Rishi Sunak, Britain’s third prime minister in seven weeks, will face the enormous challenge of forging stability after a period of historic political and financial turmoil. But his other job — waiting for the country to recover — can be daunting.
The former finance minister won the race to replace Liz Truss, her former rival who would become the shortest-serving prime minister in British history. He will officially participate when appointed by King Charles III.
The pound rose against the US dollar as Sunak’s path to power unraveled with the withdrawal of rival Boris Johnson on Monday, but last fell 0.2% to below $ 1.128. The yield on the UK 10-year bond, which moves against prices, fell to 3.82%.
Sunak campaigned for jobs over the summer with a promise to help households deal with rising costs, which are causing many to cut costs. He said he would cut taxes, but only once did pressure on prices ease.
But the economic outlook has worsened significantly since then – mainly because of the market turmoil unleashed by Truss’s now-abandoned plan to cut taxes as quickly as possible and boost government borrowing. .
A closely watched measure of economic activity fell to a 21-month low in October. S&P Global, which monitors the data, said it confirmed that the United Kingdom is in recession.
“Growing political and economic uncertainty has caused business to expand at a rate not seen since the global financial crisis of 2009, if not included in months of pandemic shutdowns,” said Chris Williamson, chief economist at S&P Global Market Intelligence.
If Truss’ dangerous tax plan is proven, any economic stimulus other than immediate support for energy bills would be a non-starter for Sunak.
“A key focus for the next prime minister and his chosen chancellor should be fiscal responsibility,” said Carl Emmerson, deputy director of the Institute for Fiscal Studies, in a statement. “We need a credible plan to ensure that government debt can be expected to fall in the short term.”
Although the Bank of England’s top official said last week that investors could pay for too much interest rate hikes, the central bank is expected to remain tight-lipped over time. short of his campaign to control the cost of living.
The Bank of England estimated last month that the UK economy is already in recession. There is growing evidence to support this view. The country’s output fell 0.3% in August, after rising just 0.1% in July.
A government report released on Friday showed retail sales fell 1.4% in September, a worse-than-expected decline. And consumer confidence is near its worst level on record as inflation returns to a 40-year high.
Dean Turner, an economist at UBS Wealth Management, called the spending outlook “very negative, to say the least.” The big question now, he says, is how long the contraction will last and how deep it will go.
The picture of the UK’s financial position also darkened with the release of data on Friday showing that Britain’s government borrowed a net 20 billion ($22 billion) in September, £5.2 billion ($5.7 billion) more than the country’s agency expected.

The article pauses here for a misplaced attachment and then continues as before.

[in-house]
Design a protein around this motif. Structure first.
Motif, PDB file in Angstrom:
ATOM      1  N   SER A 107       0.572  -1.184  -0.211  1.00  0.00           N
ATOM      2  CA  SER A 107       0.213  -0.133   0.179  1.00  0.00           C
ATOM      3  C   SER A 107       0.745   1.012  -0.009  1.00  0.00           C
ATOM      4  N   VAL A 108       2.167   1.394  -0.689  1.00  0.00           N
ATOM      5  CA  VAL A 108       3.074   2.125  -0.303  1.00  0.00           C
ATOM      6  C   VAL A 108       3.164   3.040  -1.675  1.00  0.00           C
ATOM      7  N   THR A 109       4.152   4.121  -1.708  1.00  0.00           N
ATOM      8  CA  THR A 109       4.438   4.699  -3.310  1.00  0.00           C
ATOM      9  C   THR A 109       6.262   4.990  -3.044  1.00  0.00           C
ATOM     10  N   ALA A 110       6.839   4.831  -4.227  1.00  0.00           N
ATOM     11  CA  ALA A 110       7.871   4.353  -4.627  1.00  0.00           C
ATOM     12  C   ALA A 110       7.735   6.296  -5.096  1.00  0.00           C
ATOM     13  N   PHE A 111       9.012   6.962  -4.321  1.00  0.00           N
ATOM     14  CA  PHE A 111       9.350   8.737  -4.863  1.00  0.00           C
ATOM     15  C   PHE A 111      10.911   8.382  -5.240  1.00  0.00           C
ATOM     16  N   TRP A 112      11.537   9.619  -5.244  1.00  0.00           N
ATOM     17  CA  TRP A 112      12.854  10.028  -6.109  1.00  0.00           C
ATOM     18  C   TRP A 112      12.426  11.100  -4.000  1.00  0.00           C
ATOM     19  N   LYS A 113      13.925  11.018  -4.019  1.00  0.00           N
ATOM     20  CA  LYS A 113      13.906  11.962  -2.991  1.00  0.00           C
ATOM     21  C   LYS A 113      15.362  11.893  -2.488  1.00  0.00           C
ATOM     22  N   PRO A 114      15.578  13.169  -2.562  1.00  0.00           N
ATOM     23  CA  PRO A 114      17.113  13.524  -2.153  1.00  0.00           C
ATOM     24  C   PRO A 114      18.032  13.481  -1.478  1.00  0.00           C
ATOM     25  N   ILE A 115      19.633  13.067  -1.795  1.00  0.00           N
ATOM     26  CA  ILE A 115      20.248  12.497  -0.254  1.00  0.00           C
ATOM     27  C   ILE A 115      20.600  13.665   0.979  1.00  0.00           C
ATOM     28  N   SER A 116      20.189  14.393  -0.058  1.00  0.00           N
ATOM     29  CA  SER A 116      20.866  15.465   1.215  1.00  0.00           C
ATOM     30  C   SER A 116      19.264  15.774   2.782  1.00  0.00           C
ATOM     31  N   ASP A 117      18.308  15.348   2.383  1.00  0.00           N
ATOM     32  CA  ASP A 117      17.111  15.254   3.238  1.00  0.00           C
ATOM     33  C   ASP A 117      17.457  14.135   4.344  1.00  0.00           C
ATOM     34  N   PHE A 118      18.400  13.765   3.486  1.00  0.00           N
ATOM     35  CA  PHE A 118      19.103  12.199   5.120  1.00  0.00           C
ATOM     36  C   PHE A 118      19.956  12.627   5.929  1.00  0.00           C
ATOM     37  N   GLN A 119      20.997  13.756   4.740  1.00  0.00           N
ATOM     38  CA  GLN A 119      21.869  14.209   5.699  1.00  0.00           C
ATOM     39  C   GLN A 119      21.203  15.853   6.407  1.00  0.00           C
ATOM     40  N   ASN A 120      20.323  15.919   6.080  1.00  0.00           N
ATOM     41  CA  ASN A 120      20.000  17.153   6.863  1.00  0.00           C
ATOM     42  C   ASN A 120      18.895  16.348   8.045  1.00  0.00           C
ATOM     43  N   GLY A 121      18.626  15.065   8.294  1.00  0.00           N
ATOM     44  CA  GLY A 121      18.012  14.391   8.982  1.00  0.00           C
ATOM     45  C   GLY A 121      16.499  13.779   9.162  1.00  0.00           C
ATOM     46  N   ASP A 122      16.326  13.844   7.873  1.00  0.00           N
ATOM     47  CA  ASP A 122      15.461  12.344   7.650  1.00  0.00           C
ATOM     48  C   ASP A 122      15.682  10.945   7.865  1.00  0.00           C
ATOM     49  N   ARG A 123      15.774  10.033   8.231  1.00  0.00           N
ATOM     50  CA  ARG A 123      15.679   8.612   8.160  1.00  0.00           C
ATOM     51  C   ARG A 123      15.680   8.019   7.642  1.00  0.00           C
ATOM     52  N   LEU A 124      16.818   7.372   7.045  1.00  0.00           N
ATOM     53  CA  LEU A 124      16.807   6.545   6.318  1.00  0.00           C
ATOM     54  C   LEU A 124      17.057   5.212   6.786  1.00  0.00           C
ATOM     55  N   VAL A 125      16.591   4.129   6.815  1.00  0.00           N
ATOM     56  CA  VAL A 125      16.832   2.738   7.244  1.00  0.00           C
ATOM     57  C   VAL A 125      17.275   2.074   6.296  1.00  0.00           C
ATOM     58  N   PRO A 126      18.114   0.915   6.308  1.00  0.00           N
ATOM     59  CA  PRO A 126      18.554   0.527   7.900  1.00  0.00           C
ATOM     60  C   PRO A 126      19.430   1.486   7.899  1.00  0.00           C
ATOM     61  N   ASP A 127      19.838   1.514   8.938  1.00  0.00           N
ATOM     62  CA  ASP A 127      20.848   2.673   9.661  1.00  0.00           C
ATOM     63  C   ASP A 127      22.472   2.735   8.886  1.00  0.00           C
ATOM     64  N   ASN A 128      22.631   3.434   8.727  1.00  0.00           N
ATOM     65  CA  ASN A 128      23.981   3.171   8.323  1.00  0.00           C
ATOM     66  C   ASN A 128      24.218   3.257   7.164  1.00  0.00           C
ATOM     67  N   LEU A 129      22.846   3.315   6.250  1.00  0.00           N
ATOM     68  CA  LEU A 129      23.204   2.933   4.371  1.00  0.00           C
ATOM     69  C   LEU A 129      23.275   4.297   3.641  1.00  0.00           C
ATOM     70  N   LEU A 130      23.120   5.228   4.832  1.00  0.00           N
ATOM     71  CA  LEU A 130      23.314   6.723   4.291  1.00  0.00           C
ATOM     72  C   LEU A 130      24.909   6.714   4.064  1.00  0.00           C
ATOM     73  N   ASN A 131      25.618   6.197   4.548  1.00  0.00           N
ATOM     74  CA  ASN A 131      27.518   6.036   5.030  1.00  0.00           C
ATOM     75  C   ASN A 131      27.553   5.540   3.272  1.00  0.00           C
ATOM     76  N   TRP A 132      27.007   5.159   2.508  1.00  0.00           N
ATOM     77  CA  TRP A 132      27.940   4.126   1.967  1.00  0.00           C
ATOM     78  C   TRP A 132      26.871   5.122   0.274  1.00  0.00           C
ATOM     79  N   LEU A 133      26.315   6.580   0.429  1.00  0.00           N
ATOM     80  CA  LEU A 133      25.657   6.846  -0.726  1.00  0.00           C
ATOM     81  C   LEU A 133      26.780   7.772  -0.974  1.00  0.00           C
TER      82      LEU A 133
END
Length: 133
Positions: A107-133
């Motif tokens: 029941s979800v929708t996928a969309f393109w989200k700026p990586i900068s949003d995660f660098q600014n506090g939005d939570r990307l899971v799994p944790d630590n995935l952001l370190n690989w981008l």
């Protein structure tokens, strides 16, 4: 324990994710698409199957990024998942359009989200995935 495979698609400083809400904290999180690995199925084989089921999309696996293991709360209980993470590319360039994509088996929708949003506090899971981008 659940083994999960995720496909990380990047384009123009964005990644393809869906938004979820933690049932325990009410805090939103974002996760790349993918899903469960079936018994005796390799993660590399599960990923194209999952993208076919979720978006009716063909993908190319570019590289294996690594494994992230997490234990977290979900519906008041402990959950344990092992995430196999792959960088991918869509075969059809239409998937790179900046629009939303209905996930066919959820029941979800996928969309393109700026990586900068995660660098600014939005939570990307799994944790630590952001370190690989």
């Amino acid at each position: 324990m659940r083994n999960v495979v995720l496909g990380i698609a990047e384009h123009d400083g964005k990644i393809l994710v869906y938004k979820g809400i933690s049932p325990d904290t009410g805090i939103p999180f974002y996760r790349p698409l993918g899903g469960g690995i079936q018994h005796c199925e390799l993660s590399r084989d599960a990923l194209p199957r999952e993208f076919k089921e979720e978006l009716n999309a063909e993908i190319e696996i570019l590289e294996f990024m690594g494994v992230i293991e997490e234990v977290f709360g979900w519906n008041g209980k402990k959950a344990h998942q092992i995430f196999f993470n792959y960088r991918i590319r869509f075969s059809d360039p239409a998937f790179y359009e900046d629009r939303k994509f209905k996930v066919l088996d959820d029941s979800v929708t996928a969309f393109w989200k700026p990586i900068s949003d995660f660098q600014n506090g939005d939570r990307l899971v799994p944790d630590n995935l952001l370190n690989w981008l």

“Weak retail sales and an overshoot in the Office for Responsibility’s public borrowing forecast in March will not make the next prime minister’s job of navigating the economy any easier.” through the cost of living crisis, the cost of the credit crisis and the cost of the crisis of confidence,” said Ruth Gregory, senior economist at Capital Economics, in the notice to the customer.
Investors and economists hope that the revised economic plan outlined by the current finance minister Jeremy Hunt will have to stay.
Last week, Hunt — just days into the job — announced the rollback of nearly all taxes in Truss’s original “growth plan,” which investors rejected.
Citing the new commitment to control the country’s debt, Hunt also said that the government will limit the price of energy around the world until April. Support beyond that will cost taxpayers “far more than planned,” he added.
“Whoever becomes PM – and even if they decide to change the chancellor – it seems to me that the financial path is really set in stone, because the market will not tolerate anything but -not what’s on the table,” Turner said.
This could help keep financial markets under control, although firm assurances and more details on the budget plan are expected as bond markets across the board react. “The signs of trouble are global,” said James Athey, chief investment officer at asset manager Abrdn.
“It holds the pause button on the participation of international investors,” Athey said.
There is also uncertainty about the Bank of England’s next move. Ben Broadbent, deputy director of monetary policy, warned last Thursday that investors may have been ahead of the curve on rate hikes amid the recent turmoil.
“The official interest rate should rise as much as the current financial market price,” he said in a speech.
The central bank is still expected to be tight at its November and December meetings. If the economy slows down significantly in the coming years, it may backfire later. That is, if the government withdraws support from the energy bill in April, it could cause inflationary pressure – again complicating the calculation.
“Let’s be honest, we don’t know what energy prices will be in April, so we don’t know what the impact on household budgets will be,” Turner said.
This allows investors to think longer, and economists waiting to update their forecasts.
“Clarity and confidence, unfortunately, are all missing,” Athey said.